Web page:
Since I was little, I’ve started my prayers the same way: “Lord, bless me indeed and enlarge my territory. Let your hands be with me and keep me from evil so that I don’t cause pain.” This prayer acts as a comfort, something I can offer up on repeat, a tiny verse out of 1 […]
Germany’s Capital This weekend, we took the DeutscheBahn from Bielefeld to Berlin for an unscheduled no-itinerary weekend in Berlin. We didn’t even know what we wanted to do, only that we wanted to eat good food (preferably Asian) and go to a museum (preferably history). We stayed outside of the historical section of the city, […]
Our first visit to the Ausländerbehörde (foreigners office) was supposed to be a confident and hopeful one. Instead, I left frozen and terrified. With paperwork in hand, our goal was to apply for resident permits. Josh’s permit was easy. He had proof of employment within Germany. I, however, worked for a US company and couldn’t […]
I think the Christmas markets started as a way for people to keep warm in the winter. The combination of Glühwein and bodies comfortably oozing from stand to stand is the only way we can stay warm outside.
Please note: this post contains affiliate links. If you choose to purchase any item I talk about, this means clicking on the link also helps support my blog. If you have the opportunity to purchase any of these items at local, independent shops in your community, please do so. Thank you. In Germany, Christmas is […]
48 Hours in Bonn This weekend, I took the train from Bielefeld to Bonn, where Josh has been living and working for the past month. He is working at the Hausdorff Research Institute for Mathematics (HIM), in partnership with Universität Bonn. This was my first time leaving Bielefeld by train and traveling by myself. I […]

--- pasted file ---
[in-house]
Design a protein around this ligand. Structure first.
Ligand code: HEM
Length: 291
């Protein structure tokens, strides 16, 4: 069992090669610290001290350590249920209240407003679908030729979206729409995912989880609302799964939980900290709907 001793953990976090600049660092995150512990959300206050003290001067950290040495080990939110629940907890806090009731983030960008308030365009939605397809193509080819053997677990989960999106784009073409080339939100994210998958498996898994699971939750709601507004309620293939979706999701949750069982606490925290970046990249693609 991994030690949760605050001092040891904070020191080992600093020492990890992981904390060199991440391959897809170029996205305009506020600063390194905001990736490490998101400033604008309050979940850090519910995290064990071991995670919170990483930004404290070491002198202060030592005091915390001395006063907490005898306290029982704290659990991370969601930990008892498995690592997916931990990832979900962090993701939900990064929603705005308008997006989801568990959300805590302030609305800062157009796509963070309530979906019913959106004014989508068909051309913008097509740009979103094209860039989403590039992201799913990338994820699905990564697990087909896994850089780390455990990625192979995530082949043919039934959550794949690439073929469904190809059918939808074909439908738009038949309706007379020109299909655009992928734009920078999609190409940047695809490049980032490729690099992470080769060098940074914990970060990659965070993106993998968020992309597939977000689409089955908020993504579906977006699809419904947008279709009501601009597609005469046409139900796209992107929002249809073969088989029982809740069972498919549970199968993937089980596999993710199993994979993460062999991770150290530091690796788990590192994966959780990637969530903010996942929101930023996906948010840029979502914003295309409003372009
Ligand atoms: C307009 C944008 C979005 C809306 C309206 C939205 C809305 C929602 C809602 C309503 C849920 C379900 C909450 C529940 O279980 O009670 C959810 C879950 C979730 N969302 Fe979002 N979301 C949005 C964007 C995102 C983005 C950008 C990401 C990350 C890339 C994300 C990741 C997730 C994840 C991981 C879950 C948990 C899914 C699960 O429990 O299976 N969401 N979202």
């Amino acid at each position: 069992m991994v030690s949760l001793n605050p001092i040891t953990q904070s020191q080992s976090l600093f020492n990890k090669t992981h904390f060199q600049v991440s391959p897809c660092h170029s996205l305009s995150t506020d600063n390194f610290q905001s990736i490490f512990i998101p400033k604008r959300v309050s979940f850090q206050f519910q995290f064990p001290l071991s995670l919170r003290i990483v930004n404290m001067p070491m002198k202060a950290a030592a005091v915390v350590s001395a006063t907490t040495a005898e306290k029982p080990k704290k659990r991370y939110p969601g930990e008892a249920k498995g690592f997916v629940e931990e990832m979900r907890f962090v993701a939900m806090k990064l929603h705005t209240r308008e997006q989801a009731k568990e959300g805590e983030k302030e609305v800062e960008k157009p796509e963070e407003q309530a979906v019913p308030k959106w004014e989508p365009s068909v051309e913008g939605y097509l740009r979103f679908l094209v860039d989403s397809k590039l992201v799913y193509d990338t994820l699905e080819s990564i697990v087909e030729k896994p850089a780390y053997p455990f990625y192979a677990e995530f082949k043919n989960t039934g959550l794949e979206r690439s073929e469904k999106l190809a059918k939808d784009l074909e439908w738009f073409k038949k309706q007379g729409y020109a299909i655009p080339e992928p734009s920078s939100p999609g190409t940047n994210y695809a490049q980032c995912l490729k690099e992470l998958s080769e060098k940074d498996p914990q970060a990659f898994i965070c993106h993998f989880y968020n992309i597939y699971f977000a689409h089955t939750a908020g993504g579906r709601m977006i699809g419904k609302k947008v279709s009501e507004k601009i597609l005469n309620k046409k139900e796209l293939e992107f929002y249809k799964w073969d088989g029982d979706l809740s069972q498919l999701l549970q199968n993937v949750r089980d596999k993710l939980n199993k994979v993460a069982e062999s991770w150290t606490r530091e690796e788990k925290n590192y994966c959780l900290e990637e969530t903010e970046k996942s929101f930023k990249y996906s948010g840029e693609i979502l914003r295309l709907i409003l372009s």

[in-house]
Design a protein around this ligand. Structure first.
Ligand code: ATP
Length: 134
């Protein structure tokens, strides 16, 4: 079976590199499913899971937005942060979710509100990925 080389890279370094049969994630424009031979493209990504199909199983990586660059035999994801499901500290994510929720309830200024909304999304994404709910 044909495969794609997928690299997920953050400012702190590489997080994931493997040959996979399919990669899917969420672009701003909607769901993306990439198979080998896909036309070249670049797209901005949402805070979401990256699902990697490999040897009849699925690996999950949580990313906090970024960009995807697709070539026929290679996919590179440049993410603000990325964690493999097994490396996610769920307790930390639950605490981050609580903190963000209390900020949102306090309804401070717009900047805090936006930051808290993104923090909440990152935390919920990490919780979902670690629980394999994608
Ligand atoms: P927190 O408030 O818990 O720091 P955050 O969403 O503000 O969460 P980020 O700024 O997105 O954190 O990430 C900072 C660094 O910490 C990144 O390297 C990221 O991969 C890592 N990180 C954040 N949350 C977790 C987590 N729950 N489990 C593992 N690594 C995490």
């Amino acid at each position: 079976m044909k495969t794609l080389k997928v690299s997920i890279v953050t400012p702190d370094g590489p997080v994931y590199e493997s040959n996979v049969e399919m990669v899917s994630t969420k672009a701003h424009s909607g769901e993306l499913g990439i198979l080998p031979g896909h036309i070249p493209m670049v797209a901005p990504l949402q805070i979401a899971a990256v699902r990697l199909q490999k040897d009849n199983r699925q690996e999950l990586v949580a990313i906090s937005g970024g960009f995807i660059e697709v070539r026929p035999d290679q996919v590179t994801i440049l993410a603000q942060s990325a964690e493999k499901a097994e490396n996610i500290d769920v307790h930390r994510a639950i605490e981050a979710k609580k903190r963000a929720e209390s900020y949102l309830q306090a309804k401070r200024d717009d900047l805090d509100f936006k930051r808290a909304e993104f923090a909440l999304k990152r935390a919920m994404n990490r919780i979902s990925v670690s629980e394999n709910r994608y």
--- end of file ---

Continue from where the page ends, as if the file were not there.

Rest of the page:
Bielefeld Doesn’t Exist When you go searching on the internet for useful information on Bielefeld, good luck finding real answers. Hop on any forum, thread or discussion board asking for things to do while visiting Bielefeld, or god forbid if you needed urgent information, don’t be surprised if all the answers say: “Bielefeld? That place […]
A day trip to Bad Salzuflen, one of Germany’s oldest bath towns.
It’s normal to experience doubt. It’s normal to think to yourself, “I can’t do this.” That’s called being a human. But withholding everyday activities out of fear of failure, not allowing yourself simple joys because you don’t think you’re “good enough” is not normal. There’s a phenomenon often found in academia where people are flooded with thoughts of inadequacy and are left questioning their competency. Moving overseas can tend to exacerbate these feelings. I learned that the hard way.
We may have unknowingly broken the law bringing our big fluffy and very obvious dog into the country. But we didn’t get arrested. Here’s the possibly illegal way we bypassed customs and got our dog into the country.